When I was a kid, Halloween was the most important day in the Fall. We lived in a small community where everyone participated in trick-or-treating. We kids dressed in simple costumes and went door-to-door, while the adults stayed home to hand out candy bars and homemade treats, all of which were assumed safe to eat. Our subsequent sugary feast lasted for days.
In recent decades a different holiday has become more significant to me this time of year – All Saints Day. It began when I worked with people with AIDS, and each year brought reflections on the many friends that had moved on to whatever comes next. Then a decade ago my parents died just over a year apart. I thought about them often in those first years, and All Saints Day became a special time for reflection and ritual. On that day it often felt as if Mom and Dad were in the room with me again. I couldn’t see them or hear them or smell them, but they just felt more real on that day than the rest of the year.
This year All Saints Day came with a different twist for our family. Jim Ginn’s father passed away just a month ago, and he is dealing with that fresh sense of loss and grief. In the process of helping him I’ve noticed an unexpected change in my own experience. My parents don’t feel real any more. They’ve become very abstract in my memory. I still remember them, but I’ve lost the sense of communion that I once had. This change doesn’t make me sad. It just reminds me that things keep changing, that I keep changing.
In some ways I appreciate my parents more now, in an abstract sense, than I did when they felt so much closer. Individual ups and downs, blessings and hurts, have mellowed into a pleasant stream of memories. These days what I recall most are the great lessons in life that I learned from Mom and Dad.
They taught me the joy of serving others, and the value of working not just for pay but for a sense of fulfillment. And each year when Seattle First Baptist has our Stewardship Drive, I remember their lesson in the value of giving.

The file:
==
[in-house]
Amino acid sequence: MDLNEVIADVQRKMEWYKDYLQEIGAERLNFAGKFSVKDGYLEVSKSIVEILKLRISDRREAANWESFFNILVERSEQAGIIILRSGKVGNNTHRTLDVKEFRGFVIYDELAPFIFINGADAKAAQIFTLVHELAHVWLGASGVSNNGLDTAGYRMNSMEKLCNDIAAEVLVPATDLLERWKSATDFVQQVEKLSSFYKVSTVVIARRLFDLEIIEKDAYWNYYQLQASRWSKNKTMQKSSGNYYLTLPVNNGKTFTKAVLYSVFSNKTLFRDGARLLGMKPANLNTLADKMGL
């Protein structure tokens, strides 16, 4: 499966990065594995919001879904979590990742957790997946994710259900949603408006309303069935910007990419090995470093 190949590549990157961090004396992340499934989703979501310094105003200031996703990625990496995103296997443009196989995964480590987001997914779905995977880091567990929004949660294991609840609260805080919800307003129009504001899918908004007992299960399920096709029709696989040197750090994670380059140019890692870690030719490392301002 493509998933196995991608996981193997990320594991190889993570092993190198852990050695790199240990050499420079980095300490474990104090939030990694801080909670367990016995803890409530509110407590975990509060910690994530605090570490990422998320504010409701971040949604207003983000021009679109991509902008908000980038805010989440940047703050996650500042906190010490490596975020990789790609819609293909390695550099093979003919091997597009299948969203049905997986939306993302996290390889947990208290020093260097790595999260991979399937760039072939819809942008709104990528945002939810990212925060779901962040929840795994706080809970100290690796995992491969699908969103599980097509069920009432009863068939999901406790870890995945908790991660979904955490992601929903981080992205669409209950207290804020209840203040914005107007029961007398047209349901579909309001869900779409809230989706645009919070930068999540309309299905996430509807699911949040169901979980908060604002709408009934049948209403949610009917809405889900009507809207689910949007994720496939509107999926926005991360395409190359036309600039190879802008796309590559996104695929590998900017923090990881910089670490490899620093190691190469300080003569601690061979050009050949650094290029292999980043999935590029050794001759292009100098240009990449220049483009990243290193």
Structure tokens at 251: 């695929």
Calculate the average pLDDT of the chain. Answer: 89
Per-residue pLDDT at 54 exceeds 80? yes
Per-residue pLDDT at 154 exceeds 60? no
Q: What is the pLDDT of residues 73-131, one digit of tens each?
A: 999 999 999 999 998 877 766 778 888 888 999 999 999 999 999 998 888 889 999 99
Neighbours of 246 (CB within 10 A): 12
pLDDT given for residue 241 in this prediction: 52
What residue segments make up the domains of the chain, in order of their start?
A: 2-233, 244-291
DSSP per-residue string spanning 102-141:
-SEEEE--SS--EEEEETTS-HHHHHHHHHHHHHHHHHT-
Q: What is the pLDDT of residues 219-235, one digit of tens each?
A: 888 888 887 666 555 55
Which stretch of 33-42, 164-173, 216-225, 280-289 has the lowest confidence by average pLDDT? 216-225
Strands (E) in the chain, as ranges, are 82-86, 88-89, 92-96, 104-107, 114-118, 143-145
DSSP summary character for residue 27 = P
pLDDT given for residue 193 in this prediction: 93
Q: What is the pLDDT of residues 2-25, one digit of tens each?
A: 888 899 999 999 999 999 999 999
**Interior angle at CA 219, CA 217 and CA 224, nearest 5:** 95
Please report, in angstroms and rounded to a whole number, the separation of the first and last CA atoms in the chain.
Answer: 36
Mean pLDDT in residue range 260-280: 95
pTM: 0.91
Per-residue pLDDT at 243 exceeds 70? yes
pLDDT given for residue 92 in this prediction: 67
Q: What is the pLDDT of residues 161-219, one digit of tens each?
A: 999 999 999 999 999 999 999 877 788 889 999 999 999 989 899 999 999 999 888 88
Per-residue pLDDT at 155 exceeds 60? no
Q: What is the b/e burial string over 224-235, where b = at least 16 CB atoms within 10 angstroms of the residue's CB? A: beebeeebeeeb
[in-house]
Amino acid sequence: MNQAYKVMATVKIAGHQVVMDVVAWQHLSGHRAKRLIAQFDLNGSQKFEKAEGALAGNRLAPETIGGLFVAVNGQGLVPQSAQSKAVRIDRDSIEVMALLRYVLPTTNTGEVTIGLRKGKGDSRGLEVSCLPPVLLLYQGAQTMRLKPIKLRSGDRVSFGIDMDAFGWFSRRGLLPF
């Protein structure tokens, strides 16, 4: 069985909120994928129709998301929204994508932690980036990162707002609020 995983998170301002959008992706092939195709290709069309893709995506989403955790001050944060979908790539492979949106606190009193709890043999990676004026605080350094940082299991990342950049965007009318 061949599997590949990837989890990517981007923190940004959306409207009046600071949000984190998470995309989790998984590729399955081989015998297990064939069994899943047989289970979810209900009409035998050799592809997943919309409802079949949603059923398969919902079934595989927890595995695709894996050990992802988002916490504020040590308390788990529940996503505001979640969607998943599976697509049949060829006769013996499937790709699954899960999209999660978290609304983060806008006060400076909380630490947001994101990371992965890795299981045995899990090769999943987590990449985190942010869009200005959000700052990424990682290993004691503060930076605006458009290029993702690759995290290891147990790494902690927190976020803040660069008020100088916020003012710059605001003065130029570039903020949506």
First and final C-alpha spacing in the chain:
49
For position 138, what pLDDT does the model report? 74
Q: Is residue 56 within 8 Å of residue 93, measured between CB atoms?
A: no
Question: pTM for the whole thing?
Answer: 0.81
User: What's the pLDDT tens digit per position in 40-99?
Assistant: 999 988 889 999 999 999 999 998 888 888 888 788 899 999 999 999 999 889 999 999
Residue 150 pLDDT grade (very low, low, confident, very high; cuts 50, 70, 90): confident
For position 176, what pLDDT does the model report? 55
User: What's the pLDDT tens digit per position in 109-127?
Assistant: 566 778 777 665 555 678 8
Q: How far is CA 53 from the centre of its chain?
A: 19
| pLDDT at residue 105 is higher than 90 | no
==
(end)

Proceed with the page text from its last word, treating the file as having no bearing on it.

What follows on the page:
Mom and Dad were far from wealthy. We were poor throughout my childhood, and in retirement they lived on Social Security and the small income Dad got by working well past the age of 65. But as early as I can remember, they taught us to give of what we had to others, regardless of how little we had. I learned to tithe – to give 10% of my income away – before I went to school. On Saturdays I got my 10-cent allowance, and on Sunday I put a penny in the collection plate.
My financial fortunes have been different from those of my parents. I certainly had my share of lean years, working my way through college and moving from career to career in the years immediately after graduation. I remember snickering when I was unemployed that it was easy to tithe when my income was zero. Eventually I fell into a career in Information Technology that paid me well for several decades. Through all those times, I kept giving 10% of my income away as my parents taught. The money hasn’t only gone to a church. I also support community non-profits and causes that are important to me. But my giving has always been the first “bill” I pay each month, and the only one that I actually enjoy paying.
While I have given what to me is a lot of money away, I’ve received far more in return. Giving money away frees me from its power. Even in the leanest of times I rested assured that I had enough, rather than constantly worrying about having too little. Giving helps me feel generous rather than needy. I find hope in knowing that I am doing something to help make our world a better place, even when direct evidence of that is hard to find. Tithing frees me from being imprisoned by my own possessions and desires.
I don’t really miss the days when I felt a more tangible connection to my parents on All Saints Day. There is something comforting about moving on to a different relationship, one that is more abstract but still very meaningful. These days it is enough to feel immense gratitude for my parents, and to honor the lessons in living that they taught me while we were together on this earth. Because of their faithfulness, I learned the true value of giving - it opens my heart and hands and allows me to be truly free.